COLUMBIA — How the brain reacts to extreme changes such as losing a limb was the focus of the first conversation in a new lunchtime series at the MU School of Health Professions.
Scott Frey, director of the MU Brain Imaging Center, discussed his research on how the brain adapts to a significant loss of muscle and nerve activity. Using people who have lost a right hand as a main example, he described how the brain reorganizes itself in reaction to that loss.
The discussion ended with a look at the clinical application of this research, including a successful hand transplant.
The Collaborative Scholarship & Discovery Conversation Series aims to promote interaction between researchers and members of the community.
"I think one of the biggest goals is to help members of the community better understand what is going on inside their university," said Megan Gill, strategic communications director for the School of Health Professions. "This is the peoples’ university."
Frey said he worked to present his research in a way that would appeal to a wide audience.
"We’ve got people who are scientists, and we’ve got people who are clinicians, but we also have some people who are from the community, which means the goal of this new series is being achieved," he said. "We’re being a diverse group."
The presentation included questions and discussion from the audience of about 40 people in Lewis Hall.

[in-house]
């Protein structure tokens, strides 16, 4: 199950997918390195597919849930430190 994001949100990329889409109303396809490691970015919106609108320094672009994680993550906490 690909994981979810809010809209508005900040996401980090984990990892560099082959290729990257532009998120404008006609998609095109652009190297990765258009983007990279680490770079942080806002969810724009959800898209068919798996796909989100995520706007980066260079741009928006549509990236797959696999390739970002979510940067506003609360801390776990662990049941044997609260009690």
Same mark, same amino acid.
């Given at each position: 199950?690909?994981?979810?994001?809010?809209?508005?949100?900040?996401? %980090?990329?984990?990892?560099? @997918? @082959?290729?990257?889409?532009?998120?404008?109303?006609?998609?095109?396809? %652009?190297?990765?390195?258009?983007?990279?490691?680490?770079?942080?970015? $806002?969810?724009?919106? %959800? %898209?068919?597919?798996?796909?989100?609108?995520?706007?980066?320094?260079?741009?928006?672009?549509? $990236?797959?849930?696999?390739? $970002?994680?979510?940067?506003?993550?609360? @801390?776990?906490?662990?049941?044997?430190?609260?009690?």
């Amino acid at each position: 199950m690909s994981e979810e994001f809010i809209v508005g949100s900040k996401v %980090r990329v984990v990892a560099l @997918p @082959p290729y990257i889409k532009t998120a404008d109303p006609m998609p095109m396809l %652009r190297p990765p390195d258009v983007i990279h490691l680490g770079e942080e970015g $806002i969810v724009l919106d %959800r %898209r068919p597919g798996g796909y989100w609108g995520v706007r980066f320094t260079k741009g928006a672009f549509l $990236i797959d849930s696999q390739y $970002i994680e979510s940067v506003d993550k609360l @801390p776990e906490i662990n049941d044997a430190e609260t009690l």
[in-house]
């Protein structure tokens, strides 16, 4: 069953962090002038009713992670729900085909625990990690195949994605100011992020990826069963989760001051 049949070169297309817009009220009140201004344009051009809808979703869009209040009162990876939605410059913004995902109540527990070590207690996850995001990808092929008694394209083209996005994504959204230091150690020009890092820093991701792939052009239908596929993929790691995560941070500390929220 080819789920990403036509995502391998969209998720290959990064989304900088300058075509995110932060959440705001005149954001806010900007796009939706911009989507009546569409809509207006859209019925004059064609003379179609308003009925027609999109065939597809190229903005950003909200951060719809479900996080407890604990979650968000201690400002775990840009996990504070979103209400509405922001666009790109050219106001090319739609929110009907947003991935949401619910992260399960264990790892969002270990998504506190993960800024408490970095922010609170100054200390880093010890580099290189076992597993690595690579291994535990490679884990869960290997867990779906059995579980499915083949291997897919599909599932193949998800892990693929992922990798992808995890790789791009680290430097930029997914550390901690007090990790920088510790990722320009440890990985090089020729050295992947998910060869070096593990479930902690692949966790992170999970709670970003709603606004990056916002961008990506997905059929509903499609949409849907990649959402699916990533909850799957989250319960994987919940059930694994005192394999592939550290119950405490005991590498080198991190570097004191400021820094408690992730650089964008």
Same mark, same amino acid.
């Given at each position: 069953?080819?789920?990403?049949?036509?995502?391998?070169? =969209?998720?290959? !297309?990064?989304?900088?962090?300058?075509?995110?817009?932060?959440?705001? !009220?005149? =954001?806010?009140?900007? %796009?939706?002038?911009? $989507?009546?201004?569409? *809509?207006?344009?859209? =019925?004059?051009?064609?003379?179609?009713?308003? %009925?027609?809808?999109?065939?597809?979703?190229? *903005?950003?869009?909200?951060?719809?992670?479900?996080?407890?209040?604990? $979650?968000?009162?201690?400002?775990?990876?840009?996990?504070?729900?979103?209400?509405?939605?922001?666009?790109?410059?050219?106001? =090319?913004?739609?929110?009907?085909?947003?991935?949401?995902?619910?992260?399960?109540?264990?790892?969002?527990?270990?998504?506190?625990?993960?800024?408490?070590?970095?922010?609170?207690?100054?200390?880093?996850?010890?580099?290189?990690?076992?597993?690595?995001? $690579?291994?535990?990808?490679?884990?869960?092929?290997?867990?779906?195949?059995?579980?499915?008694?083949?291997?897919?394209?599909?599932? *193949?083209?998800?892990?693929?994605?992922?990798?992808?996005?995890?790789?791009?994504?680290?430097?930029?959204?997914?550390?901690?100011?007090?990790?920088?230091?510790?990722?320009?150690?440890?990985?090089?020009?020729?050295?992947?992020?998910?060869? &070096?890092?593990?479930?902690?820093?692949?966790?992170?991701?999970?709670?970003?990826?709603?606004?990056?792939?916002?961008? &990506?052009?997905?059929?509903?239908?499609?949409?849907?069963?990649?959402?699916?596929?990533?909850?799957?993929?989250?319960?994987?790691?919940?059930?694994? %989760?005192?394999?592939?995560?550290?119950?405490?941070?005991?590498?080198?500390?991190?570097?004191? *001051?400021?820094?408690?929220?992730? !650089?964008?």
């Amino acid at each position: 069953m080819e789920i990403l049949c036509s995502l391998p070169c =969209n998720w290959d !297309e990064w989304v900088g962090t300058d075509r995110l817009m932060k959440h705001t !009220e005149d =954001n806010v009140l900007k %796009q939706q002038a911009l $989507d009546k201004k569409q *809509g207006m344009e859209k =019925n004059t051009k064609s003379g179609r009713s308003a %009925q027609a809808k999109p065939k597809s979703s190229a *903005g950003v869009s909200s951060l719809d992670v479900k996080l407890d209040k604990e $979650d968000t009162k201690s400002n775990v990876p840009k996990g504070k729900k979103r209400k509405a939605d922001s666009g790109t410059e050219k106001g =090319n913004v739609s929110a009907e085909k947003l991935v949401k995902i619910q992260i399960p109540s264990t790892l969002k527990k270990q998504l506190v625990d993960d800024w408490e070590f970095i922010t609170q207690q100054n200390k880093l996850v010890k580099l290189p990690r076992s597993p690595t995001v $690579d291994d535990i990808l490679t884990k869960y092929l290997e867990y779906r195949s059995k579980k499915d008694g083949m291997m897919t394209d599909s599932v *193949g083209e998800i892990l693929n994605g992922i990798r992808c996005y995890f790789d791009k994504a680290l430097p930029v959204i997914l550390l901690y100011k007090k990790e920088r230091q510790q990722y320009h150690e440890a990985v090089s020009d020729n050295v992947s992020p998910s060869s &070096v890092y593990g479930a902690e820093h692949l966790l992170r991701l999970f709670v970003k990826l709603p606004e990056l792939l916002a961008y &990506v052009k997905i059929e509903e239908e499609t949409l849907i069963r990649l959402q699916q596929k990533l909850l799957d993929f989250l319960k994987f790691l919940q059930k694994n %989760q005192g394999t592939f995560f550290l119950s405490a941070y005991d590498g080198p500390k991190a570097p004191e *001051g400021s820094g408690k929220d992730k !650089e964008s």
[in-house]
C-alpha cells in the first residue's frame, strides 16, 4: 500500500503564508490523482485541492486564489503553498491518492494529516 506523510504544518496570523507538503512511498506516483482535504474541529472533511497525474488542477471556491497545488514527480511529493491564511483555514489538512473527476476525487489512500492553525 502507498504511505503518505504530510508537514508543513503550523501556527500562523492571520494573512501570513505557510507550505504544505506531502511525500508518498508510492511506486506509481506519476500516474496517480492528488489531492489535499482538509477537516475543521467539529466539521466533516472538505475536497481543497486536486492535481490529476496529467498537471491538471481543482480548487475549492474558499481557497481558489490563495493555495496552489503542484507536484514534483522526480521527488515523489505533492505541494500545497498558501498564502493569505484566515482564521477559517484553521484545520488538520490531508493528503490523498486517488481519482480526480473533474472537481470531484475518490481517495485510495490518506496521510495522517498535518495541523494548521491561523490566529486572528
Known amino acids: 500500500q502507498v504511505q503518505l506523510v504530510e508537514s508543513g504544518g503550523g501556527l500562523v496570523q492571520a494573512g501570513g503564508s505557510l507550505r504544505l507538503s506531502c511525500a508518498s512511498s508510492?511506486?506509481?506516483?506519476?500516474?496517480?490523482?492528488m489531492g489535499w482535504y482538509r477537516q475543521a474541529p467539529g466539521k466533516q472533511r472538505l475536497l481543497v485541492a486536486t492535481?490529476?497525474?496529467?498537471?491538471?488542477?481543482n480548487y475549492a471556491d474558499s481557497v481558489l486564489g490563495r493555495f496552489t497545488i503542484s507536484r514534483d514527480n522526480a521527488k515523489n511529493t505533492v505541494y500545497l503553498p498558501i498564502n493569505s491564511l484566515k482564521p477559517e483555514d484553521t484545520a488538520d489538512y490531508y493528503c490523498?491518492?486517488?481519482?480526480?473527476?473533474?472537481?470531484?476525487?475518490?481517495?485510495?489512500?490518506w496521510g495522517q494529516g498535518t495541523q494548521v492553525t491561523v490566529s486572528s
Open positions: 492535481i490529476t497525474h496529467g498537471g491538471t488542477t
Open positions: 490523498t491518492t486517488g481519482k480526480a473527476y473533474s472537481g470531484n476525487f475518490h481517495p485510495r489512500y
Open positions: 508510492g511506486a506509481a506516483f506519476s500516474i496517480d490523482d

Jeff Krug, a teaching assistant professor in the MU physical therapy program, said afterward that was he interested to hear research on topics he regularly discusses in his neurophysiology classes.
"It was helpful to me to reiterate some of what I knew, but also take it to a deeper level," Krug said.
Krug said he was excited that the research Frey presented can be applied to work being done in other departments and programs. This potential cross-pollination of ideas was what led health professions Dean Richard Oliver to approach Frey about the series, Frey said.
At one point during the Friday presentation, an audience member suggested a different way to gather related research. Frey said, in essence, 'good idea' and asked the woman email him.
The series has been several months in the making. It is loosely slated to take place on the third Friday of the month during the lunch hour, Gill said. Times and dates will change to accommodate speakers’ or community schedules.
Future speakers have not been set, although a Harvard professor is scheduled to speak in March, Gill said.
The discussion was recorded and will be posted as a video on the School of Health Professions website.